Copper Sprays for Disease Prevention on Fruit Trees & Shrubs

See black spots on your fruit? Take advantage of brief patches of nice weather to dormant spray.  Winter spraying, while trees and shrubs are not actively growing, can prevent or reduce many significant diseases.

Copper sprays are very useful for dormant applications.  They provide suppression or control of both fungal and bacterial diseases.  Spray fruit trees and berries to reduce scab, mildew, leaf and cane spots, and bacterial blights.  Dormant sprays can also help subdue rose black spot, lilac bacterial blight, and dogwood anthracnose on ornamentals.

Timing of Spray Applications

For successful dormant sprays, keep in mind a few guidelines:

Plants should be dry when spray is applied. Even light sprinkles or heavy dew can over-dilute the spray, reducing effectiveness.  Wait until branches are no more than moist, not dripping.

Do not spray when the air temperature is below freezing, or is expected to drop below freezing before spray dries.  Freezing weather on wet spray can damage buds.

Spray will usually take 4 to 6 hours to dry.  During that period, even a light shower will wash it away, requiring a new application.  Even after the drying period, heavy rains impact spray effectiveness – re-apply a dormant spray if it gets washed away in the first 2 to 3 days after application.

Not all copper fungicides are equal. All provide prevention (not treatment) of a variety of fungal, bacterial, and algal problems. Copper fungicides are available in a variety of formulations, and each has some advantages and disadvantages for certain seasons, crops, or diseases.  For example:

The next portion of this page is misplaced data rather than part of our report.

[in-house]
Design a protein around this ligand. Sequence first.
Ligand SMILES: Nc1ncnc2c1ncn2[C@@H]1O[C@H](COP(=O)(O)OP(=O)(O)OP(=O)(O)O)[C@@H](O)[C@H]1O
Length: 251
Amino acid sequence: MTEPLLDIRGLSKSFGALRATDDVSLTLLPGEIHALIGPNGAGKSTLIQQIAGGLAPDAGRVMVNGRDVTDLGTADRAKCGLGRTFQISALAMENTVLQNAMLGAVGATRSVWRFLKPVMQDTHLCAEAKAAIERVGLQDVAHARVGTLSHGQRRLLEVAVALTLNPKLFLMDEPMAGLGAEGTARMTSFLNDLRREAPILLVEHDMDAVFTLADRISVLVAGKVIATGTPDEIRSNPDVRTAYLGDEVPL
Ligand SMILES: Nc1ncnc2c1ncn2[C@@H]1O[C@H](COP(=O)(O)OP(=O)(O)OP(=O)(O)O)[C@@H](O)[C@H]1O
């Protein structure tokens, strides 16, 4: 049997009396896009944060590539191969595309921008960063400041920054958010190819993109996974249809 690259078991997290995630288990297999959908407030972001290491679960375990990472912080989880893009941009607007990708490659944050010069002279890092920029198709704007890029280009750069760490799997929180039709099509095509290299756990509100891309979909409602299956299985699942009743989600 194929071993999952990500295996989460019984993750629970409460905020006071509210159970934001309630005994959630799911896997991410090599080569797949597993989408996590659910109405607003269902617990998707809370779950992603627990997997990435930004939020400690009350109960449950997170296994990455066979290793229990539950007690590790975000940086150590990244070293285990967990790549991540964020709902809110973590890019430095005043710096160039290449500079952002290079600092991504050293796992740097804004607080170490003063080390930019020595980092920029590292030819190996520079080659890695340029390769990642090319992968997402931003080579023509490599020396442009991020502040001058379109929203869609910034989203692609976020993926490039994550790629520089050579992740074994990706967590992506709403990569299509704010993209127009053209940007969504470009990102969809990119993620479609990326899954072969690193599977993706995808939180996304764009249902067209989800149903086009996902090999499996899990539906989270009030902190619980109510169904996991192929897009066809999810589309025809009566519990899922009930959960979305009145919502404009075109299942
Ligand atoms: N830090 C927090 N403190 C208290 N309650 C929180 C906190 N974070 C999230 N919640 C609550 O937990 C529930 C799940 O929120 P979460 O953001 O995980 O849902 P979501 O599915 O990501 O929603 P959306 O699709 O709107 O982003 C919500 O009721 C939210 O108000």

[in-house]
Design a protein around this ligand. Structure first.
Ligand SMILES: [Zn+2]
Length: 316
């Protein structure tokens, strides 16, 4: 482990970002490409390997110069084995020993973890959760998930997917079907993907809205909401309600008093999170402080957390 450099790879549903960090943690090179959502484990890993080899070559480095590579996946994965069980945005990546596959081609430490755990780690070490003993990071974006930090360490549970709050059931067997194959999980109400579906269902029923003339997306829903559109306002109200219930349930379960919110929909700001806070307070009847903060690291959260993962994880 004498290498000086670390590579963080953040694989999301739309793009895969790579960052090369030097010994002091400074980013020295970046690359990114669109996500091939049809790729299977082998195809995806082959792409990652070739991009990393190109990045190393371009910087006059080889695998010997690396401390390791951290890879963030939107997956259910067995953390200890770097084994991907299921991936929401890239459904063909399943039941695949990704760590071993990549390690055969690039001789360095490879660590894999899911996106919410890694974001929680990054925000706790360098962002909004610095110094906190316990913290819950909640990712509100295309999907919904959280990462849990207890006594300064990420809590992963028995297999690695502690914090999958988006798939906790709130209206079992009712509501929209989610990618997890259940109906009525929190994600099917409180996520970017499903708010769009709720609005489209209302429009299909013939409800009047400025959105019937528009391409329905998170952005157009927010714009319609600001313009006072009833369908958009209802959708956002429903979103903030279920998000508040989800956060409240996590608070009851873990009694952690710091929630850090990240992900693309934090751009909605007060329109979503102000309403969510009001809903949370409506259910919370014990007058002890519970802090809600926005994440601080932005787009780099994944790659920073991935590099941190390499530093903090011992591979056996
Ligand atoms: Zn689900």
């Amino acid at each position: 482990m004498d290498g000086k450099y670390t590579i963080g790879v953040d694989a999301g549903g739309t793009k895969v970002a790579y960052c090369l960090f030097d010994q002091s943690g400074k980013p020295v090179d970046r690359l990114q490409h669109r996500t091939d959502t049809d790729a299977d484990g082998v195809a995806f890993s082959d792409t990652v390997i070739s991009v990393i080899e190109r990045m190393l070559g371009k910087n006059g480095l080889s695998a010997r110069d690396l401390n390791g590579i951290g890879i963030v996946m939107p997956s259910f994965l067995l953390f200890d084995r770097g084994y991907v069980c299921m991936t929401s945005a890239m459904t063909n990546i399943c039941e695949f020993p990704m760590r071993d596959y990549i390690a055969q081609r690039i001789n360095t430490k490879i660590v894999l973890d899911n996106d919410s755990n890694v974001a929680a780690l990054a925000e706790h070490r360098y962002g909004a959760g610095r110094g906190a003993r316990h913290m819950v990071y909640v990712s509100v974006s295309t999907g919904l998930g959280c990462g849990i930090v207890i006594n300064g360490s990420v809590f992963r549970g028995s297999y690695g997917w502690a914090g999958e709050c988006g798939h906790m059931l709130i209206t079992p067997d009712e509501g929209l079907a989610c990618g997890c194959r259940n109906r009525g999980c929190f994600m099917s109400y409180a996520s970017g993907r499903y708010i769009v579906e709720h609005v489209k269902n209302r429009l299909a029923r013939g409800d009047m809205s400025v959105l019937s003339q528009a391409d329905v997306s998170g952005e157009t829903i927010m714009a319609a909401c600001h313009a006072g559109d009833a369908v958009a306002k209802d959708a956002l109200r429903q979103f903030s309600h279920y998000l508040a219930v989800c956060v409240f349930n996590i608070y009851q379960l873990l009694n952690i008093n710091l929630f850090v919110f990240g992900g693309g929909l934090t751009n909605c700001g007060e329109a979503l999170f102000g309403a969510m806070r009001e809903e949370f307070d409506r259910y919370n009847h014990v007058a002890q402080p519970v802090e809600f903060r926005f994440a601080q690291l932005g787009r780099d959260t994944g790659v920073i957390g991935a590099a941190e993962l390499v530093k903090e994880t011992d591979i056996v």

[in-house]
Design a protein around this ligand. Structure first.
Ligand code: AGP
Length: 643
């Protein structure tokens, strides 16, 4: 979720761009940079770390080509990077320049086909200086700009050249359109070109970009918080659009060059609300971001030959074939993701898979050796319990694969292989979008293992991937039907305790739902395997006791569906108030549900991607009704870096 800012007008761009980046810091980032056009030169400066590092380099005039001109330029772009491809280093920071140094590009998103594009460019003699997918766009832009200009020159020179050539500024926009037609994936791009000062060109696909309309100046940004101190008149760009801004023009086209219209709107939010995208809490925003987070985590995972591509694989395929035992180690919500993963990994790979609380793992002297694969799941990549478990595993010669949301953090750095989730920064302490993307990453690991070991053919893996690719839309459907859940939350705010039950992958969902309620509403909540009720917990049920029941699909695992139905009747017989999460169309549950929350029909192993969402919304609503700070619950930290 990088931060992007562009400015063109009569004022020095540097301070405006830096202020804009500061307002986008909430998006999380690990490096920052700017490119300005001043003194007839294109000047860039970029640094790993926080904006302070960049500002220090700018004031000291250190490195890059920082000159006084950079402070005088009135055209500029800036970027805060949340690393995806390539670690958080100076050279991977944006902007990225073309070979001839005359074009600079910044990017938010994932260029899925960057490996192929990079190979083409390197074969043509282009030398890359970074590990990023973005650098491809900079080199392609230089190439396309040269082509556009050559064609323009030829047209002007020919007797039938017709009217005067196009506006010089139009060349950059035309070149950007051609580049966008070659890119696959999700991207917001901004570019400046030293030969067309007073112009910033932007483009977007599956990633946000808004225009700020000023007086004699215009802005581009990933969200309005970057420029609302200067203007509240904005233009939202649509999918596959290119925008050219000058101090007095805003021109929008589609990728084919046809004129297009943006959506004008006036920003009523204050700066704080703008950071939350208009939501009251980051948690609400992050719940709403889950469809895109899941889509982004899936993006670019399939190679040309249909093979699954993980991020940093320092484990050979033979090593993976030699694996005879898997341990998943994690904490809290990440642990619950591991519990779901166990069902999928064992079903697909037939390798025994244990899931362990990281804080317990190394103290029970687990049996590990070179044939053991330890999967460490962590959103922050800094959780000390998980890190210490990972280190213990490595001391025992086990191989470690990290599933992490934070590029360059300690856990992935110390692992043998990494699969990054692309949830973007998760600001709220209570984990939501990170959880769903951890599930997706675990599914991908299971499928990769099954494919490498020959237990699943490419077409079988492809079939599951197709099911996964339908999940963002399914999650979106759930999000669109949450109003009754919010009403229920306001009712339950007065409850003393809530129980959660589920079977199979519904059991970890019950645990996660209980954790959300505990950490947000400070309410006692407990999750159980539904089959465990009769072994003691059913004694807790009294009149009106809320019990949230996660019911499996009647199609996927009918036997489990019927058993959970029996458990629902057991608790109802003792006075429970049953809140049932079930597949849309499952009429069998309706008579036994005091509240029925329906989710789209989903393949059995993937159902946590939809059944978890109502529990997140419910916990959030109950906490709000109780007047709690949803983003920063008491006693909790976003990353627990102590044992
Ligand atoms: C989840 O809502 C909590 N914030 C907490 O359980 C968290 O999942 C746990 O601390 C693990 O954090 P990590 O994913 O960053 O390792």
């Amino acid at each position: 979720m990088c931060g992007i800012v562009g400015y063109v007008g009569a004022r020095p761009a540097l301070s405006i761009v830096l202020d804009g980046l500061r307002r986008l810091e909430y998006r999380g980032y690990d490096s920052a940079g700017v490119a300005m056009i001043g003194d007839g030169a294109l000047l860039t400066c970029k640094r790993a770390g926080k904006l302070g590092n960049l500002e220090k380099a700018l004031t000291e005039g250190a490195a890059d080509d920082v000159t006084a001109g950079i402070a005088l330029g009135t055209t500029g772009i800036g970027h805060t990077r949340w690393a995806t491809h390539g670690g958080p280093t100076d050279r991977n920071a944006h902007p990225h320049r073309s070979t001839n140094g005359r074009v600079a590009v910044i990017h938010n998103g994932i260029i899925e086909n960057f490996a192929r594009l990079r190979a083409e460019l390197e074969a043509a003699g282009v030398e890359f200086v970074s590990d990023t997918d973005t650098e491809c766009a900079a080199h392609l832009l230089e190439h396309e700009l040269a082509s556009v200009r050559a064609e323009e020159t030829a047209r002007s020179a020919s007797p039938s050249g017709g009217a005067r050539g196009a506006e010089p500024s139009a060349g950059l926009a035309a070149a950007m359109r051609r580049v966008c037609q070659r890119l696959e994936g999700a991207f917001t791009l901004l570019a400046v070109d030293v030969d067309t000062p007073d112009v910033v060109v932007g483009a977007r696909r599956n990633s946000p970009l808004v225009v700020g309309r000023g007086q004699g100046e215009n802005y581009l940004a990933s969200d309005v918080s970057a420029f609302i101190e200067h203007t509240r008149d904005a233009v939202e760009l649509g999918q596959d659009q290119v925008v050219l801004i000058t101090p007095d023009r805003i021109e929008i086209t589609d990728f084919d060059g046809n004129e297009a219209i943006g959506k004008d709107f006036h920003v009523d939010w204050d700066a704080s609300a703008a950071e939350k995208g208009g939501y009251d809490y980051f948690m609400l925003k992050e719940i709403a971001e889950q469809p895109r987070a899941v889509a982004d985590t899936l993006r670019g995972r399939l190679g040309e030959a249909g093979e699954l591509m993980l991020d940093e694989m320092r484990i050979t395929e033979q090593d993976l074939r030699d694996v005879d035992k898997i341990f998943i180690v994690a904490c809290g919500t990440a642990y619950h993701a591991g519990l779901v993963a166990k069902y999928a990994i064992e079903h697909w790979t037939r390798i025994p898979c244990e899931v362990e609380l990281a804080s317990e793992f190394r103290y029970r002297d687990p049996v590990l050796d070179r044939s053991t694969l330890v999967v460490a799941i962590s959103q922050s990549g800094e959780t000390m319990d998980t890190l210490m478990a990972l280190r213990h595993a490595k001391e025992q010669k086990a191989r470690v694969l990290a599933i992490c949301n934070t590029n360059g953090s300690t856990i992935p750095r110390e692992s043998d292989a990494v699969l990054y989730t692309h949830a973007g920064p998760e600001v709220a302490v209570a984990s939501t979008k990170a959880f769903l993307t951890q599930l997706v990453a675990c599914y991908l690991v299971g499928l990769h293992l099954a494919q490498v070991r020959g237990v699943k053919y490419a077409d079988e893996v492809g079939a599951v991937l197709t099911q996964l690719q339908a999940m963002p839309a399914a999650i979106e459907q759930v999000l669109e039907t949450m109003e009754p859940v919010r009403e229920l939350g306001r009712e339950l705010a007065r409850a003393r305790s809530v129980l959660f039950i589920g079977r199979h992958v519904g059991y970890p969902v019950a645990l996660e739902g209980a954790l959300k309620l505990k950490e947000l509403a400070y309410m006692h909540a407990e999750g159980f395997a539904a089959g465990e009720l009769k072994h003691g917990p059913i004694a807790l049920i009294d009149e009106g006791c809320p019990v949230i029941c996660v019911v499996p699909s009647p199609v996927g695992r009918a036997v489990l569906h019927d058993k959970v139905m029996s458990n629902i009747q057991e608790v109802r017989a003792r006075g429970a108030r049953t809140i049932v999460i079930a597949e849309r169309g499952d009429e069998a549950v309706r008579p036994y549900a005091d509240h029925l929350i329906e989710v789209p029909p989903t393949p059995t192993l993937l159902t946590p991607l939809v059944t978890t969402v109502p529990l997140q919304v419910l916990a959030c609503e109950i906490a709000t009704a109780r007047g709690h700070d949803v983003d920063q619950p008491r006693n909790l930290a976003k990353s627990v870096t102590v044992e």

Basic copper sulfate is a powder. It can be mixed with water as a spray for preventing diseases of fruit trees, ornamentals, small fruits, and vegetables; or as a dust on ornamentals or vegetables. It offers a fairly strong protection, but it is harder to mix in the sprayer, washes off a bit more easily, and is more likely to cause damage to plants during prolonged heat or moisture, or on tender new growth, so is best used on dormant trees and shrubs, or on young seedling vegetables. It is suitable for only very limited applications through the growing season.

Copper octanoate, also known as copper soap, is a thick liquid. It is a fairly weak form of copper, but tends not to wash off and is less likely to cause plant damage. It can be used on houseplants, ornamental plants, vegetables, herbs, and fruit and nut producing plants, and is suitable for both dormant applications and (with care) active growing season treatments.

Copper diammonia diacetate complex is a thin liquid. It is a very strong copper fungicide, and it mixes easily. It is moderately resistant to washing off, but must be used with careful timing and with limits on total applications per year to reduce copper accumulations and plant injury. It is suitable for dormant applications only on deciduous fruit and nut producing plants, but can be used in limited amounts during the growing and production seasons on citrus, olives, and some vegetables. It is a particularly good bactericide, reducing ice nucleation in fireblight and lilac bacterial blight.

With copper products, as with other pesticides, always remember to read the label for specific instructions on concentration, timing, application, and precautions.

For more information on spray schedules for fruit and nut producing trees, check out our informative handouts online – SPRAY SCHEDULE HANDOUTS.

Fruit Tree Spraying Class Recording

Watch our class recording to learn from Darren Morgan proper techniques, timing, and products for fruit tree spraying. Proper care in the dormant season can alleviate disease and insect problems during the growing season